- Final feedback: 23 October 2020
- Website opens for submissions: 1 December 2019
- Proposal submission deadline: 13 January 2020 (23:59 CEST)
- First round of feedback: 3 February 2021
- Rebuttal deadline: 14 February 2021 (23:59 CEST)
- Final feedback: 21 February 2021
The number of biomedical image analysis challenges organized per year is steadily increasing. Recent research, however, revealed that common practice related to challenge reporting does not allow for adequate interpretation and reproducibility of results. To address the discrepancy between the impact of challenges and the quality (control), the Biomedical Image Analysis ChallengeS (BIAS) initiative developed a set of recommendations for the reporting of challenges. The BIAS statement aims to improve the transparency of the reporting of a biomedical image analysis challenge regardless of field of application, image modality or task category assessed.
The parameter list which is used to create challenge proposals was developed by the BIAS initiative that created a guideline on how to report and design challenges in a structured manner.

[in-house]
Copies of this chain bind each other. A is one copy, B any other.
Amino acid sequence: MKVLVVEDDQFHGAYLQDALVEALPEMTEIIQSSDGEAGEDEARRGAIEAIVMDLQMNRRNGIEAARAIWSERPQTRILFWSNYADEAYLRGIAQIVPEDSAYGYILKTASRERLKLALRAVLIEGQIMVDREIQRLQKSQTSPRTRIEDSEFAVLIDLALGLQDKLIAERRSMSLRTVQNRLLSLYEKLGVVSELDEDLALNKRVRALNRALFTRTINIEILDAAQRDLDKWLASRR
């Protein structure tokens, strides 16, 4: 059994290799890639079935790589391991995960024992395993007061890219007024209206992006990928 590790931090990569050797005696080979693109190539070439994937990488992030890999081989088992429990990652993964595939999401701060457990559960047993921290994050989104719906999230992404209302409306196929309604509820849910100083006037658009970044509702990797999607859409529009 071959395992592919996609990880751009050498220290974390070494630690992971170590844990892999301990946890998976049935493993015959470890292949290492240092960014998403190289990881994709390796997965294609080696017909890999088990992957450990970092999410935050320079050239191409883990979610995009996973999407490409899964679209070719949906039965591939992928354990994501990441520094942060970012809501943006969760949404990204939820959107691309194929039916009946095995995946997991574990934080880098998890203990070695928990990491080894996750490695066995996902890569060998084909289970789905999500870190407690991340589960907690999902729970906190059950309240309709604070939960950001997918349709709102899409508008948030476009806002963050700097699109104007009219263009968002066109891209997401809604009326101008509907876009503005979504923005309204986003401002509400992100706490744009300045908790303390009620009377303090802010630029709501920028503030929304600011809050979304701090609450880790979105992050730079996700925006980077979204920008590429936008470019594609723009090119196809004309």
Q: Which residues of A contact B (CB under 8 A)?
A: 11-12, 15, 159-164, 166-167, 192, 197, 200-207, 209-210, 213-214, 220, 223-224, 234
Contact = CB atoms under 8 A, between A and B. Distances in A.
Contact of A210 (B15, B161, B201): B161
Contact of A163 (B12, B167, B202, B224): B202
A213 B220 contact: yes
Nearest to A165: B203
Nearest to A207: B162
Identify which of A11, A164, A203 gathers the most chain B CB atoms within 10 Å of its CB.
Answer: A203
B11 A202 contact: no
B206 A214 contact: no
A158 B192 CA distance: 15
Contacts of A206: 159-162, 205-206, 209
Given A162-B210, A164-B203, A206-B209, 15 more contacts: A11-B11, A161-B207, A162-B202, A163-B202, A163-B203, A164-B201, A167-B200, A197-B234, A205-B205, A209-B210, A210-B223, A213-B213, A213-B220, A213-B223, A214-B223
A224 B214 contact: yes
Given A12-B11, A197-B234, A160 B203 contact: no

The Enhancing the QUAlity and Transparency Of health Research (EQUATOR) network is a global initiative with the aim of improving the quality of research publications and research itself. A key mission in this context is to achieve accurate, complete and transparent reporting of health research studies to support reproducibility and usefulness. Between 2006 and 2019, more than 400 reporting guidelines have been published under the umbrella of the equator network. A well-known guideline is the CONSORT statement developed for reporting of randomized controlled trials. Prominent journals, such as Lancet, JAMA or the British Medical Journal require the CONSORT checklist to be submitted along with the actual paper when reporting results of a randomized controlled trial.